May 15, 2015
The Evolution Of Formula 1
The advent of Formula 1 racing took place in 1950, with just seven races and 76 registered drivers taking part. Decades later, the concept of Formula 1 is still very much the same - fast cars racing around a track with winners and losers - but that is where the similarities end. Today, Formula 1 is a very different affair from its early origins. Technology has come on in leaps and bounds over the years, changing the design, safety and speed of the vehicles, while rules and regulations have also altered significantly, too.
When Formula 1 first came about, it was a case of anyone could take part if they had the right type of vehicle. Often this included wealthy drivers who could afford a Formula 1 car, where they could race as privateers. The rules changed in 1978, however, and it was only those who held a Formula 1 Super licence who were then eligible for taking part in this prestigious race. By 1981, private cars were completely banned from taking part altogether.
Advances in technology have shaped the cars used in Formula 1 racing over the years. In the early days, cars were not limited by weight and usually consisted of turbo-charged engines located at the front of the vehicle. Over time, however, the engines moved to the back of the car and in 1968 aerodynamic wings were added. Carbon fibre chassis were invented in 1981 and heralded a new breed of racing car.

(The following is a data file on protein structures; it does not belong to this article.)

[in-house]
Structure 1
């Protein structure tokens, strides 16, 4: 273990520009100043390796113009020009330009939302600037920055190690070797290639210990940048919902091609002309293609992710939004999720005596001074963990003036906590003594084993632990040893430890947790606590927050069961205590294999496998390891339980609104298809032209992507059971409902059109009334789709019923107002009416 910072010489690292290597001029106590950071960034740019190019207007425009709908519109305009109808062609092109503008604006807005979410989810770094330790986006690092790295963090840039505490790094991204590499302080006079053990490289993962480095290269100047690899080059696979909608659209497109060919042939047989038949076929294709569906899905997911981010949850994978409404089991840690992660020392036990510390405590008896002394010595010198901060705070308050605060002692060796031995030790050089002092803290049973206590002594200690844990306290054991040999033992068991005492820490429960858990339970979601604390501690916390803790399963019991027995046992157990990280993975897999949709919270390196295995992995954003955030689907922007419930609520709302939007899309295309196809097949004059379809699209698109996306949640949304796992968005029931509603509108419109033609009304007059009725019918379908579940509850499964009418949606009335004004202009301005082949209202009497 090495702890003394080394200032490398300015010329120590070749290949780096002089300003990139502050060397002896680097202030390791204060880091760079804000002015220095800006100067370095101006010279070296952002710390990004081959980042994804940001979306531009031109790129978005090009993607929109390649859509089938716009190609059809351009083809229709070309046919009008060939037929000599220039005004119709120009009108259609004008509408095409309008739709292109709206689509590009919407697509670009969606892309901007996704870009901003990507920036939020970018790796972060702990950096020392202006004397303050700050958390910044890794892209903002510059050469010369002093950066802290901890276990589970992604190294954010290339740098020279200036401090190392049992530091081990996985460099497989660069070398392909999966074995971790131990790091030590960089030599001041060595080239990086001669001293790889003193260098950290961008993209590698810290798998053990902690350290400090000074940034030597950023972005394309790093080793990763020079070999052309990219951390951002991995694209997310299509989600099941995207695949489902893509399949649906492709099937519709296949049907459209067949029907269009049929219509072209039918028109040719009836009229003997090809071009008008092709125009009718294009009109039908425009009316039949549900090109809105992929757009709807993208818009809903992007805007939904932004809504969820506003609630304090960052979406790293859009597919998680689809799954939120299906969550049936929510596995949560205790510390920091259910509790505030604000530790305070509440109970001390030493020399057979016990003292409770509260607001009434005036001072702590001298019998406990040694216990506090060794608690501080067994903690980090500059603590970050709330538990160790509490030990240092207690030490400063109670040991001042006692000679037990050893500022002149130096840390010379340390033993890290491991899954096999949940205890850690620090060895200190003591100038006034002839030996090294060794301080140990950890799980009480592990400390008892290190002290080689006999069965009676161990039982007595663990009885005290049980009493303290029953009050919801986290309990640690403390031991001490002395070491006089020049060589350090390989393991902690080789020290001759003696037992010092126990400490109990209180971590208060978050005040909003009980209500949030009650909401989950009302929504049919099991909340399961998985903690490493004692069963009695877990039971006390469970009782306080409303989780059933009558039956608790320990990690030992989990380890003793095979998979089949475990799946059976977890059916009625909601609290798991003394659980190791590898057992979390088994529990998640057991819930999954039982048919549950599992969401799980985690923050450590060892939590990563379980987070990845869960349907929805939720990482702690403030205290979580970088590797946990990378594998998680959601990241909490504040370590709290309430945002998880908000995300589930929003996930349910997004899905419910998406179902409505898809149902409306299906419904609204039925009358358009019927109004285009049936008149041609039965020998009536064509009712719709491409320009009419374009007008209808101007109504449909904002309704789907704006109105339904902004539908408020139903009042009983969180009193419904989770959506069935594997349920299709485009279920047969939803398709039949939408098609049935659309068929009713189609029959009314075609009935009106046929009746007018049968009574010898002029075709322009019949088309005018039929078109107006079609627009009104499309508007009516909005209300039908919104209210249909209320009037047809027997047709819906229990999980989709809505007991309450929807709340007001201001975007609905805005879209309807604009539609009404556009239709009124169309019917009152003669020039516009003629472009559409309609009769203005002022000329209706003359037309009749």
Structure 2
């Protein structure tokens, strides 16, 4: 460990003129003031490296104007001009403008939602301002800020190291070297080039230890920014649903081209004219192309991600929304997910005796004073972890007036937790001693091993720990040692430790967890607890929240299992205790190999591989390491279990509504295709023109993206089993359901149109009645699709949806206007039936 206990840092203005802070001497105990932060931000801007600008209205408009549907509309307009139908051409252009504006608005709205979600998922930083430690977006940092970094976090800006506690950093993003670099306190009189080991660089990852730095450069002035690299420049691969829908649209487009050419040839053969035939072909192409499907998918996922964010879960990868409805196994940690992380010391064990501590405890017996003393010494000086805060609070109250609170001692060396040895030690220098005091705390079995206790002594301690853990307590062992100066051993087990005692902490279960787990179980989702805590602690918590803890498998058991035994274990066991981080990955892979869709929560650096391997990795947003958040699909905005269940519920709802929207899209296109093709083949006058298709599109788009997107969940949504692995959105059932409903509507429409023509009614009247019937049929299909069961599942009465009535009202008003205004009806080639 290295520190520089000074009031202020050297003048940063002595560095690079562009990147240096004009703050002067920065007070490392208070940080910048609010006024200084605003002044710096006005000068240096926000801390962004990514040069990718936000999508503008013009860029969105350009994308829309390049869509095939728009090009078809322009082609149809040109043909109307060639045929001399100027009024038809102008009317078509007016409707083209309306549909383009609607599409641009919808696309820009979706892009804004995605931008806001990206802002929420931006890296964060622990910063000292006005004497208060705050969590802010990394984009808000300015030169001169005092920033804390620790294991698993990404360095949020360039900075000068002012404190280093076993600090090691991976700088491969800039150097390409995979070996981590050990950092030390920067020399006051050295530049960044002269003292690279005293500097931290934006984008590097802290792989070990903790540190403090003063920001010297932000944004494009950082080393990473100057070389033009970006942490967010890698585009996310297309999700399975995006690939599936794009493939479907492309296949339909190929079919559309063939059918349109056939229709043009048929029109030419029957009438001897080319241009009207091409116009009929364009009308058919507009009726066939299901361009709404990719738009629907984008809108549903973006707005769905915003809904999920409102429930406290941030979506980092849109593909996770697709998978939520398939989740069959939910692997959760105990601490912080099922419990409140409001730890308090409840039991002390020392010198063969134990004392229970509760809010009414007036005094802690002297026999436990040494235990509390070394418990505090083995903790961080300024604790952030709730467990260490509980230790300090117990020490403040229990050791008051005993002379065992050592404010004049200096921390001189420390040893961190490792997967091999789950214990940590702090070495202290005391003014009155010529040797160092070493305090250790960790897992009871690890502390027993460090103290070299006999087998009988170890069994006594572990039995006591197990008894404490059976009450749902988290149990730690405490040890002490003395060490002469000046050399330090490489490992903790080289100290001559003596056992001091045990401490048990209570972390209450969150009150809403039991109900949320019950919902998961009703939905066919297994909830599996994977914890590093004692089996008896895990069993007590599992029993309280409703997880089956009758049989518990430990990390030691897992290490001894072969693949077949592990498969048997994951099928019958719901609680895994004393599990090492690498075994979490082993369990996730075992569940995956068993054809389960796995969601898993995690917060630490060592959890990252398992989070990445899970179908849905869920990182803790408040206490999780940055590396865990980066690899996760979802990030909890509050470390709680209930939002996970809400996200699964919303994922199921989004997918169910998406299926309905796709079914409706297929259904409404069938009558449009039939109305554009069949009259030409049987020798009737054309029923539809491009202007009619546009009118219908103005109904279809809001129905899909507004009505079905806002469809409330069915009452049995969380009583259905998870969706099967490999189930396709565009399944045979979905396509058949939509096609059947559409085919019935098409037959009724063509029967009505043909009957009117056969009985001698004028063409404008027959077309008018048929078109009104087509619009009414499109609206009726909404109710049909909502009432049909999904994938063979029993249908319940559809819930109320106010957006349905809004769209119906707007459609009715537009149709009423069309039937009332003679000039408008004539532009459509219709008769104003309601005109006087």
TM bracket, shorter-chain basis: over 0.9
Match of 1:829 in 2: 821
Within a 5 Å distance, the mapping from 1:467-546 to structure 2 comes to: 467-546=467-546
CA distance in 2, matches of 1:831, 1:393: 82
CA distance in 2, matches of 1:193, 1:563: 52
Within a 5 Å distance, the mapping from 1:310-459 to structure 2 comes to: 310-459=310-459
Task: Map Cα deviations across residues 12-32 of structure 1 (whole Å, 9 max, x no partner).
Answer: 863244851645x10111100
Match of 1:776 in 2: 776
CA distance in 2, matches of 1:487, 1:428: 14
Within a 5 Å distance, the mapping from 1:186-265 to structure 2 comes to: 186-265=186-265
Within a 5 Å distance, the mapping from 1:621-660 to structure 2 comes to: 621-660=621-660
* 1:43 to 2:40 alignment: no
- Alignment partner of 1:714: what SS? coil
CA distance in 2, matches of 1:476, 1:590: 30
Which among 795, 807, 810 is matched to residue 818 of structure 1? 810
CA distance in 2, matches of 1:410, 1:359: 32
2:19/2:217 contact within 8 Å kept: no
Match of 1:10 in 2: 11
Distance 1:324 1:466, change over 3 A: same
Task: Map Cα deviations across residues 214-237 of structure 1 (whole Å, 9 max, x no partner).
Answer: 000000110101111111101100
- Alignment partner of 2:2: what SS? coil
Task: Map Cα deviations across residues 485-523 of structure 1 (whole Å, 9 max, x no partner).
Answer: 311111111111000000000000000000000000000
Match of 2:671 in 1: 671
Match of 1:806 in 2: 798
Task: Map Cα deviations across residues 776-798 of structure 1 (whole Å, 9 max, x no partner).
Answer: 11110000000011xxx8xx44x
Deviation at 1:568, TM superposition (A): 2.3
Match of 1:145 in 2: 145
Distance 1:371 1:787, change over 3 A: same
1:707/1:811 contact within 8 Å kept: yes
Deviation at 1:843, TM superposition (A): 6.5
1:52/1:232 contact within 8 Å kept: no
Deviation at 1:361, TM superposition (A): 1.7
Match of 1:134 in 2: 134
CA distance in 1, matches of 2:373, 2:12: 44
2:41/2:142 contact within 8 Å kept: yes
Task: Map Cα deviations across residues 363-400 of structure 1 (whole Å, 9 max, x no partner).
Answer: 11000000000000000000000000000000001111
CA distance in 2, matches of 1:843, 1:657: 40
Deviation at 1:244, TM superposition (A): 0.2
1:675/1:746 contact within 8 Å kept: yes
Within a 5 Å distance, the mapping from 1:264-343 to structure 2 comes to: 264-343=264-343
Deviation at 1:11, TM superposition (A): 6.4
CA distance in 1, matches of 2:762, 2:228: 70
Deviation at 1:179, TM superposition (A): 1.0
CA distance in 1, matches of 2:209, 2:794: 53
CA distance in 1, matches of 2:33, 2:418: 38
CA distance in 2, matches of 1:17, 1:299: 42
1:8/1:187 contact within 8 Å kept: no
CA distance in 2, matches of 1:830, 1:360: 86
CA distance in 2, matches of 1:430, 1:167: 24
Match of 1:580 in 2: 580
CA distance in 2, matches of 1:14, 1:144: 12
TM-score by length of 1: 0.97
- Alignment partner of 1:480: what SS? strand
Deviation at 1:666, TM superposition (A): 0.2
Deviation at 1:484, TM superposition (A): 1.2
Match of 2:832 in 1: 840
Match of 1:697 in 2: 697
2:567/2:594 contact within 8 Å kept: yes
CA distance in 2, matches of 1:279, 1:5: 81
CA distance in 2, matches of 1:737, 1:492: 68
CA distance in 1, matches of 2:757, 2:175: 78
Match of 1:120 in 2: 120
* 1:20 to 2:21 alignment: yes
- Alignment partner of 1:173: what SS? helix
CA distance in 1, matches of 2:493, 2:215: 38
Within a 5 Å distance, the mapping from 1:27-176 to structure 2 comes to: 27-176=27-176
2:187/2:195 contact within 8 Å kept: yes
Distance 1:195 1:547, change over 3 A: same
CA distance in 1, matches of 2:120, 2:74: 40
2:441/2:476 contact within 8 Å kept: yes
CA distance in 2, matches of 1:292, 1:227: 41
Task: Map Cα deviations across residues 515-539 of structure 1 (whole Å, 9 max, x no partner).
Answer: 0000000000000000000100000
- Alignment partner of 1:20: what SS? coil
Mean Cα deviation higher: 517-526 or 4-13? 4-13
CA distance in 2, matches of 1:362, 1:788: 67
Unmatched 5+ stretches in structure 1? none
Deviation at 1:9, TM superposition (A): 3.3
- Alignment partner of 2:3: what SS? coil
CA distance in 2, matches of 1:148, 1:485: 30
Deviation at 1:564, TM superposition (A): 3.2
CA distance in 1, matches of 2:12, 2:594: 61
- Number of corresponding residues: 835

Technology is still very much the driving force even today for all of the vehicles used in Formula 1 racing. In more recent times, smaller turbo engines have been introduced to vehicles, while kinetic energy recovery systems are fuelling the rise towards the use of hybrid vehicles that are low on fuel consumption. Cars used today are lower with a narrower front wing. Regulations are constantly changing in the industry, as laid out by governing bodies representing the sport. These relate to aspects such as technology, safety and speeds.
The changes in technology have also transformed the style of racing prevalent today and the endurance and strength aspects, although the competitive nature of the sport is still the same as it always has been. What has also changed significantly is the financial element of Formula 1. It has become an increasingly expensive business, like many other sporting events today. It is estimated that elite teams spend roughly $375 million every year, with some teams spending a staggering $1 million per day.
Commercial sponsorship, which was introduced to Formula 1 in 1968, has helped contribute financially, but it is believed that teams rely on their revenues for around 80% of their income. Even a new racing driver just starting out is expected to bring in revenues of around $15 million. To help curb the ever-increasing problem of spending, rules were introduced in 2014 to limit this, with a budget cap of $250 million a year. Finding funds to finance racing has always been an element of Formula 1, so even challenging economic times are not likely to dampen the popularity of this much-loved sport.